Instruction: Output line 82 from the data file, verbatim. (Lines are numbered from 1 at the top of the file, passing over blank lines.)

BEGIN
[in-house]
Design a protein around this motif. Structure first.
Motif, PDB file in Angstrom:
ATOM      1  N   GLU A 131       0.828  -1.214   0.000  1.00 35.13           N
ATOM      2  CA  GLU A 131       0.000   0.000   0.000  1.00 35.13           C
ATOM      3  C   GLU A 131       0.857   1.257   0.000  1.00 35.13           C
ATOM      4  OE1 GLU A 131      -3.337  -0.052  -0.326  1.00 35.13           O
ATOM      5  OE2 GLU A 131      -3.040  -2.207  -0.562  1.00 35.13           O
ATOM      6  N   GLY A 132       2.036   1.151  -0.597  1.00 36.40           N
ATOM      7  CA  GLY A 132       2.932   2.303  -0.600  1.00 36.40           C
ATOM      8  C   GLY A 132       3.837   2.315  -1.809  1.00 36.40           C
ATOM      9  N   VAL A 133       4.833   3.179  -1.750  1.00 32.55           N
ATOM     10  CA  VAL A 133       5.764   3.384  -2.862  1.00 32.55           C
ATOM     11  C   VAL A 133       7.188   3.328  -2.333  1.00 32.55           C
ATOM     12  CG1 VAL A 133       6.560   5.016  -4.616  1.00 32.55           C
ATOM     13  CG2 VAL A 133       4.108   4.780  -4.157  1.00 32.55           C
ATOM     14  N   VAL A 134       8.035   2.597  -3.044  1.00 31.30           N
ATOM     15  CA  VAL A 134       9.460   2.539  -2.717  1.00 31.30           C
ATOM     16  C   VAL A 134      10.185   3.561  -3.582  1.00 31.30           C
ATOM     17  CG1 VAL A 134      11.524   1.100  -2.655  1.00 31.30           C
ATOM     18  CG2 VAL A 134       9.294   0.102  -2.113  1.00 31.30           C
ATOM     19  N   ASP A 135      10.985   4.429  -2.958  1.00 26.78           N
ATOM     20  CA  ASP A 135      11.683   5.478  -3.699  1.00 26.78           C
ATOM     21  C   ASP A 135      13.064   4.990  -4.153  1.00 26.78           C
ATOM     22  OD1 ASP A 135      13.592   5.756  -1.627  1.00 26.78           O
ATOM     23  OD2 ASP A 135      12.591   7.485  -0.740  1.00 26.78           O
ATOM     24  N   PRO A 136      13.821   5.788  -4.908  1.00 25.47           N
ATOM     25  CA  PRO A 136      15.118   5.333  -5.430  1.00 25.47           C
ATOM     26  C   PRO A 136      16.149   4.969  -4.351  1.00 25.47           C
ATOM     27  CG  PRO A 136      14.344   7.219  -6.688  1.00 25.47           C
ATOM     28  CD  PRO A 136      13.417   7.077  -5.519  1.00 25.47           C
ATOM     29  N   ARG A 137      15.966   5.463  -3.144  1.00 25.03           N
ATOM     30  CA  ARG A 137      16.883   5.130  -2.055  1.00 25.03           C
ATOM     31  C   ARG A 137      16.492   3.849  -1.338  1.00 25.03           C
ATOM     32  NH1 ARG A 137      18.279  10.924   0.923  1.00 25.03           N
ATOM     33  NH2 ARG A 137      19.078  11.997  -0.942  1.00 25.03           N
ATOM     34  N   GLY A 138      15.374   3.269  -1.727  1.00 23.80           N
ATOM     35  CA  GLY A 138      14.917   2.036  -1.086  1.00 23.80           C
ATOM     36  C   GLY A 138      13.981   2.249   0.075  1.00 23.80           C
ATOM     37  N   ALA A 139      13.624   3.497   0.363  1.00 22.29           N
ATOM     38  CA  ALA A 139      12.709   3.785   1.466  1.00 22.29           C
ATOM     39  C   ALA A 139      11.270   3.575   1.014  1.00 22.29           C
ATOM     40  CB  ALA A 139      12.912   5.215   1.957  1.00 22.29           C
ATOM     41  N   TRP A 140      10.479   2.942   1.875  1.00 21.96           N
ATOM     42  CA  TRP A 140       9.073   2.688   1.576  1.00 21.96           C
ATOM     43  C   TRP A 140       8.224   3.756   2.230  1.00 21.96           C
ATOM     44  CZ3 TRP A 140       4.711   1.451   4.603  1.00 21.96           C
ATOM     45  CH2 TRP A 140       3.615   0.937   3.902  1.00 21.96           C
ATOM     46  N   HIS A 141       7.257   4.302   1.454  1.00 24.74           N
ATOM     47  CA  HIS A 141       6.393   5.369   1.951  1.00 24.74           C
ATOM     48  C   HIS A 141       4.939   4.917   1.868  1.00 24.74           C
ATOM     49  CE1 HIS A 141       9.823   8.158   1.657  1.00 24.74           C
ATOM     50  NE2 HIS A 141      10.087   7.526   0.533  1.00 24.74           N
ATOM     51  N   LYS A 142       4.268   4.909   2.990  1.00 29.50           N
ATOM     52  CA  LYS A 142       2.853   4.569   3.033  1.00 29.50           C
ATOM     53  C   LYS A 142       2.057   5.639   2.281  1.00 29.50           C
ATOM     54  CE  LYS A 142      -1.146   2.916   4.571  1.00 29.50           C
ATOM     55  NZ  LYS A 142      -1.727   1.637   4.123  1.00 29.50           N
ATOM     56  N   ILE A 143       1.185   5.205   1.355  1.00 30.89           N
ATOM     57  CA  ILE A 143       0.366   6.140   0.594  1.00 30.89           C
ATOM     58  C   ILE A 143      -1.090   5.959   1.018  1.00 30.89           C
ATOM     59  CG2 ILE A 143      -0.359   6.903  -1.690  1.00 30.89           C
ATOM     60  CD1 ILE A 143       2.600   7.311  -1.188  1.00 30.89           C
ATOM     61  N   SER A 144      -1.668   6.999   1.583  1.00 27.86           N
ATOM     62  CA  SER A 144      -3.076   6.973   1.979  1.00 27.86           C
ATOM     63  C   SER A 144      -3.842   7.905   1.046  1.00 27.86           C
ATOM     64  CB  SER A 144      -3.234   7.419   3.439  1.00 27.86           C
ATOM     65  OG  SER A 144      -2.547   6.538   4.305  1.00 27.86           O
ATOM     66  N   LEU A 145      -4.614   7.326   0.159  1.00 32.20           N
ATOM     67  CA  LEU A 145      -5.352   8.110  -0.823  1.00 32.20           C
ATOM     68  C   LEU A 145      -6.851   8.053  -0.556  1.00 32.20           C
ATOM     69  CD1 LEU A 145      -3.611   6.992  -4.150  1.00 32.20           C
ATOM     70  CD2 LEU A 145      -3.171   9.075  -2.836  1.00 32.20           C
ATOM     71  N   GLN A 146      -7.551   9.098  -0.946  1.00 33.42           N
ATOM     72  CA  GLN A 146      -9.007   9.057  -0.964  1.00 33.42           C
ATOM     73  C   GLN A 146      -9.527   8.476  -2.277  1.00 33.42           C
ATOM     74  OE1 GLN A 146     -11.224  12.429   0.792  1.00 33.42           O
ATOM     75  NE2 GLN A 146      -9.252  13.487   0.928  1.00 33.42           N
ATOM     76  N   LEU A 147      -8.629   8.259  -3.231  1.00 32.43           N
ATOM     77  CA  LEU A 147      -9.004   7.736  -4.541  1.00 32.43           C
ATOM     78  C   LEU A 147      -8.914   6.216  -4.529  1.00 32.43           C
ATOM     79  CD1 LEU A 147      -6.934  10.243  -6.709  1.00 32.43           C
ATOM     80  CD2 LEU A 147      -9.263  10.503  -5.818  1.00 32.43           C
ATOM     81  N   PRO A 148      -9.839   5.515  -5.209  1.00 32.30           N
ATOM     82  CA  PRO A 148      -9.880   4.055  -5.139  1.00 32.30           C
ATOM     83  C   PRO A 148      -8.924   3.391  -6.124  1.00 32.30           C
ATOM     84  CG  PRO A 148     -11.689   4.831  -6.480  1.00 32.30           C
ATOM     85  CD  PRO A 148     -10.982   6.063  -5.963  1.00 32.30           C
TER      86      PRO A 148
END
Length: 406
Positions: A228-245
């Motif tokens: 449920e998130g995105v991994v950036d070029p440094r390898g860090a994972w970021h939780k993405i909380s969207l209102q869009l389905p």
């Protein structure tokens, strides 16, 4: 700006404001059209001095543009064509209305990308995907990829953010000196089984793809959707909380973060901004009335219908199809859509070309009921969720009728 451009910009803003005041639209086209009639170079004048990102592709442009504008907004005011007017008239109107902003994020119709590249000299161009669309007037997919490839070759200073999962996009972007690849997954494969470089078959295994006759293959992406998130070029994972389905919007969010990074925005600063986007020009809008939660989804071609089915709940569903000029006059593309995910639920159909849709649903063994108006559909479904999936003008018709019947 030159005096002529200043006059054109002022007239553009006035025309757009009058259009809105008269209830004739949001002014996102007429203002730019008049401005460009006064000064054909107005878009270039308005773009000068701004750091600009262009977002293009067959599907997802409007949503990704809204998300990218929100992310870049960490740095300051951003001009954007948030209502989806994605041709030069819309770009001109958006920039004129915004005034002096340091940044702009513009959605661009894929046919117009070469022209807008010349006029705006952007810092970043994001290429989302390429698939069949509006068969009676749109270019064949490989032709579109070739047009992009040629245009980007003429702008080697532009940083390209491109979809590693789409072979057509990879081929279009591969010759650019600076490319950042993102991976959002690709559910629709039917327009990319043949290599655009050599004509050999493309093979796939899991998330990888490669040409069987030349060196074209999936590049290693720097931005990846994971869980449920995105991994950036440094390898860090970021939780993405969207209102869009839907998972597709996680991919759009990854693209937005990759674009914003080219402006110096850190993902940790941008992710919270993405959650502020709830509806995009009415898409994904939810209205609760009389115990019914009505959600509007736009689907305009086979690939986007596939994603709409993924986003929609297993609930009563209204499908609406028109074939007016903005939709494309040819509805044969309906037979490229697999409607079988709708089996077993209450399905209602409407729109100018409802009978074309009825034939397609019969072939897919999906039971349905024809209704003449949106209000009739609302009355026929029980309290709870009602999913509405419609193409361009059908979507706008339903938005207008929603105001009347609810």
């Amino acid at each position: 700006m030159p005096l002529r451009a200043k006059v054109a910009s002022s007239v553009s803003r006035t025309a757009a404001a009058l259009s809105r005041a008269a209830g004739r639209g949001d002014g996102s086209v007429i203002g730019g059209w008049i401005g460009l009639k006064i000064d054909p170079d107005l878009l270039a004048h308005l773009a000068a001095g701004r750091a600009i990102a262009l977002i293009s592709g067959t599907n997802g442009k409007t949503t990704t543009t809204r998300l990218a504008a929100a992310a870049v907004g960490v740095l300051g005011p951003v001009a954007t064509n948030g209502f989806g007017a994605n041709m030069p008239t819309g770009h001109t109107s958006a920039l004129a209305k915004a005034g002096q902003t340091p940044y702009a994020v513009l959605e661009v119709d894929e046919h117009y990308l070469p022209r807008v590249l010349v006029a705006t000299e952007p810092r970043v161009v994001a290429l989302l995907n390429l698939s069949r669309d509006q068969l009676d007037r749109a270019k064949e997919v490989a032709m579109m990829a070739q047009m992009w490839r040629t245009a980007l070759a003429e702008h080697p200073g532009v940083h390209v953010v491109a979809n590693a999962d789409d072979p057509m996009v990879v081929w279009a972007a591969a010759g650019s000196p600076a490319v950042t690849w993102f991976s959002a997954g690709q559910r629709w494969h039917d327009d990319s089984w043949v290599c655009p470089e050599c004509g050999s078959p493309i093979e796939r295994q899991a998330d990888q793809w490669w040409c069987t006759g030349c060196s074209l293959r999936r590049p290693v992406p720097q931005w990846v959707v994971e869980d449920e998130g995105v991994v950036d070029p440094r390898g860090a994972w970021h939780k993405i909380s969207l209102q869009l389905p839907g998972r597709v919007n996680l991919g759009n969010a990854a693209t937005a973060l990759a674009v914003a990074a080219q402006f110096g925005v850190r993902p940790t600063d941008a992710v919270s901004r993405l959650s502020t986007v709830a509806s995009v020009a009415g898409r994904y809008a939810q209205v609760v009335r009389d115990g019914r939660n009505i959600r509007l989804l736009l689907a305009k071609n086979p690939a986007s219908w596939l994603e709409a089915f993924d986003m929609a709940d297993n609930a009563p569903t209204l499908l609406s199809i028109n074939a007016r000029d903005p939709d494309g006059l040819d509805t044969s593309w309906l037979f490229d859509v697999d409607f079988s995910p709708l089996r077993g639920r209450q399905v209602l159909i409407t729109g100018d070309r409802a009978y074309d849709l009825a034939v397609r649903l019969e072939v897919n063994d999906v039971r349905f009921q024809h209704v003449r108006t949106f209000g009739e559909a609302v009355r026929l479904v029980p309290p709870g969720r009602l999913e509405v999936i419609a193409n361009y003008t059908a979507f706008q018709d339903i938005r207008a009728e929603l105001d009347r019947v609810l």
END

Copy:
ATOM     79  CD1 LEU A 147      -6.934  10.243  -6.709  1.00 32.43           C